#lang racket
#| What does our valof defunctionalize? |#
;; So far we fully defunctionalized environments and closures. Rather
;; than explicit higher-order function calls, we instead dispatch
;; against the choices, where we have represented each choice with a
;; corresponding data structure.
(define (make-closure x b env)
`(closure ,x ,b ,env))
(define (apply-closure c a)
(match c
[`(closure ,x ,b ,env)
(valof b (extend-env x a env))]))
(define (extend-env x a env)
`(extension x a env))
(define (empty-env)
`(empty))
(define (apply-env env y)
(match env
[`(empty) (error "unbound id" y)]
[`(extension x a env)
(if (eqv? x y) a (apply-env env y))]))
;; However, we began with one match expression already: in valof. We
;; didn't start by defunctionalizing higher-order functions to get
;; here. But morally, we should have. What did we defunctionalize in
;; order to create these first-order data structures?
(define (valof exp env)
(match exp
[`,n #:when (number? n) n]
[`(+ ,ne1 ,ne2) (+ (valof ne1 env) (valof ne2 env))]
;; the core
[`,y #:when (symbol? y) (apply-env env y)]
[`(lambda (,x) ,b) (make-closure x b env)]
[`(,rator ,rand) (apply-closure (valof rator env) (valof rand env))]))
;; In principle, we shouldn't be constructing programs willy-nilly. We
;; oughtn't be building raw syntax. Instead each of these forms ought
;; to be the result of some syntax constructors.
(define (make-plus ne1 ne2)
`(+ ,ne1 ,ne2))
(define (make-lambda x b)
`(lambda (,x) ,b))
(define (make-app rator rand)
`(,rator ,rand))
;; With these latter ones, we don't need to use (can no longer)
;; fancier operations w/Racket's pattern matching. Truth be told, we
;; were cheating all along by using Racket's special operations.
(define (make-sym s)
`(symbol ,s))
(define (make-num n)
`(number ,n))
;; These are the constructors that we ontensibly used to *build* our
;; programs, rather than constructing their (internal) syntax
;; directly.
;; But further---from what higher-order function representation did we
;; defunctionalize them to get these data structure representations?
;; We can follow the pattern and the usual clues. What did we do
;; before to construct the match clauses of our `apply` functions? We
;; took the bodies of the higher-order functions and the parameter
;; lists, constructed data structures in those constructors, and then
;; matched against them in the `apply` version.
(define (make-plus ne1 ne2)
(lambda (env)
(+ (valof ne1 env) (valof ne2 env))))
(define (make-lambda x b)
(lambda (env)
(make-closure x b env)))
(define (make-app rator rand)
(lambda (env)
(apply-closure (valof rator env) (valof rand env))))
(define (make-sym s)
(lambda (env)
(apply-env env y)))
(define (make-num n)
(lambda (env)
n))
(define (valof exp env)
(exp env))
;; We don't normally begin writing or expressing intepreters in this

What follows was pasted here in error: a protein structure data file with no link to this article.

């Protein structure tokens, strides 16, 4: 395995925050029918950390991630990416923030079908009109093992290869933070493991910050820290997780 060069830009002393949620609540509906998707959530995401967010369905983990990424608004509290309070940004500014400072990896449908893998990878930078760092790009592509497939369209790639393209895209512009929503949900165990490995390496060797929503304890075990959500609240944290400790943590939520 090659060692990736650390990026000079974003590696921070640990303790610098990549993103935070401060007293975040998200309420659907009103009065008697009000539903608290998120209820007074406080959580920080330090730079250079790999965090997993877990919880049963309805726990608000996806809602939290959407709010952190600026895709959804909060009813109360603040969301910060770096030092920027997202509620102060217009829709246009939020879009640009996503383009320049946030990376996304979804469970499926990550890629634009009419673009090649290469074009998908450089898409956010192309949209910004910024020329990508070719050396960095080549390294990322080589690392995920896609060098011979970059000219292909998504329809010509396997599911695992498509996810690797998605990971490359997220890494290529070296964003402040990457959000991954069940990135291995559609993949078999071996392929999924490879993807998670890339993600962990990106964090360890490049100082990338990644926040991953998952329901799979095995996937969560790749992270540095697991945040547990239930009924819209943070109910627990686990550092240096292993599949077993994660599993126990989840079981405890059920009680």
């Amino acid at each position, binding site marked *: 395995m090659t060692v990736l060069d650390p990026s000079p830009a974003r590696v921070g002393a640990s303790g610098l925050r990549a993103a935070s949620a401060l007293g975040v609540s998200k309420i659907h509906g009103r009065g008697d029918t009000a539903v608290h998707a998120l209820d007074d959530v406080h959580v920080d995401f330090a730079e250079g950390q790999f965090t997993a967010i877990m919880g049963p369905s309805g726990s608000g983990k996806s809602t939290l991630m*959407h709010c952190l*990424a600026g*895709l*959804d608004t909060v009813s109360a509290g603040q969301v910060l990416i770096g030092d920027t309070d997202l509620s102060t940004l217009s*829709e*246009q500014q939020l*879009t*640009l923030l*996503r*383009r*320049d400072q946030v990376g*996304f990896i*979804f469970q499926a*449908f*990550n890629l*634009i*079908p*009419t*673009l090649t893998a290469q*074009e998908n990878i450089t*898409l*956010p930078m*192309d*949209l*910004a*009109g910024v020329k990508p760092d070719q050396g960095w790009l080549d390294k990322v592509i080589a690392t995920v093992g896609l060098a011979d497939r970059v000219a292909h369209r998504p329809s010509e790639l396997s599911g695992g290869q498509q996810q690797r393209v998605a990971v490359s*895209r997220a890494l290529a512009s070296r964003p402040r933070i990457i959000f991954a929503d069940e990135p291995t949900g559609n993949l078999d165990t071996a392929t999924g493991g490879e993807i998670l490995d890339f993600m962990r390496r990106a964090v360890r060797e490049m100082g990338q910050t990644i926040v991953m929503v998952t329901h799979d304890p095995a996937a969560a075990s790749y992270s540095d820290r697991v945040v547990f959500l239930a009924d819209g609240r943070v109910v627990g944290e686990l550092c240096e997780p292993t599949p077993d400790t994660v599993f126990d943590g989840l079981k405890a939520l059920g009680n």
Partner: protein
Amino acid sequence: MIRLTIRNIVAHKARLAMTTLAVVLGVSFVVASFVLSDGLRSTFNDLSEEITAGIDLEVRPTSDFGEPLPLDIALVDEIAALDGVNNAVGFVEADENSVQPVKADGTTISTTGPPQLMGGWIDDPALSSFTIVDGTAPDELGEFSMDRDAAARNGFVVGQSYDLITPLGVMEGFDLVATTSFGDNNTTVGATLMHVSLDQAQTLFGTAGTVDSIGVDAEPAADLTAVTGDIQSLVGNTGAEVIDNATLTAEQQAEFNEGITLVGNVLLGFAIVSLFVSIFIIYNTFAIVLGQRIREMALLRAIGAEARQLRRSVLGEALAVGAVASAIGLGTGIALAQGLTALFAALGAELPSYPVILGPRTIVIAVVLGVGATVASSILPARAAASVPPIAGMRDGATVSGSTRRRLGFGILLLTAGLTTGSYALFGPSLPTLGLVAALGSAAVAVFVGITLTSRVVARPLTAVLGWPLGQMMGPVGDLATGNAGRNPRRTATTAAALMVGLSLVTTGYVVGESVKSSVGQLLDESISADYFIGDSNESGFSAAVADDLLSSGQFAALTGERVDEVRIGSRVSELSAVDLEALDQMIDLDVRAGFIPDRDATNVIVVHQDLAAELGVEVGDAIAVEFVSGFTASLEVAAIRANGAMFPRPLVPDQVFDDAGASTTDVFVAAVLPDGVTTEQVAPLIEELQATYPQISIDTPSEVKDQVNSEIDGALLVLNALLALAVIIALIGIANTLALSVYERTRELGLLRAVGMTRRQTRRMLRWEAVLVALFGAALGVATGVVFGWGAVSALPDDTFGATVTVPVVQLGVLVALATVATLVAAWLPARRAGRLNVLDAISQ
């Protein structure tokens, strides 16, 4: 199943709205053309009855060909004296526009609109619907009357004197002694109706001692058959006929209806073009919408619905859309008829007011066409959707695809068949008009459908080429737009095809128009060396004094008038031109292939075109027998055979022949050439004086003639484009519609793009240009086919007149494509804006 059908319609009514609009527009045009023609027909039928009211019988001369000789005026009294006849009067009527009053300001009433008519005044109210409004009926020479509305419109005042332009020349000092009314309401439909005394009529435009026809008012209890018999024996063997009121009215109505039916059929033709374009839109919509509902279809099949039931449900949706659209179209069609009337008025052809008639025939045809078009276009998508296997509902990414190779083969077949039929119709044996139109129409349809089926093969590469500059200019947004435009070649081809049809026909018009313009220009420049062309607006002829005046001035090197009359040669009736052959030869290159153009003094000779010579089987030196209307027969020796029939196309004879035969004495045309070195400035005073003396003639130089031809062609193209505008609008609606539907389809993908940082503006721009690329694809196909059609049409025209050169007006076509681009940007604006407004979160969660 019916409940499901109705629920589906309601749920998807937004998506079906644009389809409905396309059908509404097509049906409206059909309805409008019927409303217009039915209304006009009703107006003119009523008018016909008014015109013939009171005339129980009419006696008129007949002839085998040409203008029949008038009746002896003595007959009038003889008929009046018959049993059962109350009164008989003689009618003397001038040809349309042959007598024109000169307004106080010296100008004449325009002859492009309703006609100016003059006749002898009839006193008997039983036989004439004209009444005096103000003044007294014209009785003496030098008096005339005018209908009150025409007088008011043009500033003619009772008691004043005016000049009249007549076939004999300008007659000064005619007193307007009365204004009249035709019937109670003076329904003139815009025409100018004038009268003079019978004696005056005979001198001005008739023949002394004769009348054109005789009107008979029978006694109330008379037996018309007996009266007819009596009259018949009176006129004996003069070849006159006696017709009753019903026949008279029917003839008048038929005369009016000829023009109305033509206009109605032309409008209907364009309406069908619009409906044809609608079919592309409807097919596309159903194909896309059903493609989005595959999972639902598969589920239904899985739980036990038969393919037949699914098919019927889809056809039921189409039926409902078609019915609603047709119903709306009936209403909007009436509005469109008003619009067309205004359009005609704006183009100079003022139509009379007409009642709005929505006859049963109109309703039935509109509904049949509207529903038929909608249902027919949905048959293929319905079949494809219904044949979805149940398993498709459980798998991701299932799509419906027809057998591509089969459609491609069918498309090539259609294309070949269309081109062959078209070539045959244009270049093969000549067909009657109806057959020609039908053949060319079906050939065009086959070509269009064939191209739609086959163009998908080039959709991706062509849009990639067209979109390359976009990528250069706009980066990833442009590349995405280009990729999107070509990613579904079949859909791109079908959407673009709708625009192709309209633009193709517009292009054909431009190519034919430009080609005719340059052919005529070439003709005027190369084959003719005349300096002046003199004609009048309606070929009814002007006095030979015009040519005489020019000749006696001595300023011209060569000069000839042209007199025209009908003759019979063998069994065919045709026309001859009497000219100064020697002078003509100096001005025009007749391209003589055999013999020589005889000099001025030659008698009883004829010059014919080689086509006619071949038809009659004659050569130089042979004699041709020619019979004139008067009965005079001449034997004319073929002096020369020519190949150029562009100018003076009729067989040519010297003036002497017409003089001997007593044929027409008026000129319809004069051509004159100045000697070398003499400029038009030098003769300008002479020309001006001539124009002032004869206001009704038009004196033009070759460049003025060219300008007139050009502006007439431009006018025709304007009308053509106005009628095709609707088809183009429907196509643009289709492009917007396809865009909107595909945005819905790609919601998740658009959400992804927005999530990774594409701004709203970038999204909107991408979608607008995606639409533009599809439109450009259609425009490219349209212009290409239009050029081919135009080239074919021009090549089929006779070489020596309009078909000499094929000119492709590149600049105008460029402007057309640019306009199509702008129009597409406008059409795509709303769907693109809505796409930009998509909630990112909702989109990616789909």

;; style. But why not? If it's so critical to first expose students to
;; the denotations of environments and closures, then why isn't it
;; equally important to expose them first to the denotations of
;; expressions?
;; Further, if I wanted to express to a code-reading student the
;; importance of compositionality, I would ask that student to
;; implement a new form for my language in this setting. I think that
;; underlines it especially well.
;; This means, though, that we should have a
;; representation-/de/pendent, *functional* version of this same
;; structure. What should *that* be? What kind of thing is that?
;; /That/ is the denotation of a program:
(lambda (env)
(apply-closure
(valof
(lambda (env)
(apply-closure
(valof (lambda (env)
(make-closure 'x
(lambda (env)
(make-closure 'y (make-symbol 'x) env))
env))
env)
(valof (lambda (env) '5) env)))
env)
(valof (lambda (env) '6) env)))
;; (This is what *I* call functional programming :-)
;; It was a little bothersome that eval ended up being so much bigger
;; than apply. We have many more forms of syntax than we have kinds of
;; closures to apply. But this also relieves that fundamental
;; disparity.
;; With this version, both eval and apply are simple, one-line
;; functions. They are in fact syntactically /identical/ functions,
;; and they look more like true mirror images or a Yin-Yang pair than
;; they had defunctionalized.
(lambda (c a)
(c a))
(lambda (expr env)
(expr env))
;; Here, an expression is truly a function from environments to values
;; The same way a closure is truly a function from values to values
;; A lambda expression is not a closure. A lambda is a function that
;; first takes an environment.
;; When we say "closures are values", this denotationally means that
;; functions from values to values are *themselves* values.
;; Further I think this gives one *more* view on how small-but-big is
;; the mistake of implementing dynamic scope instead of lexical
;; scope.
;; There is still a really interesting story to tell here wrt
;; continuations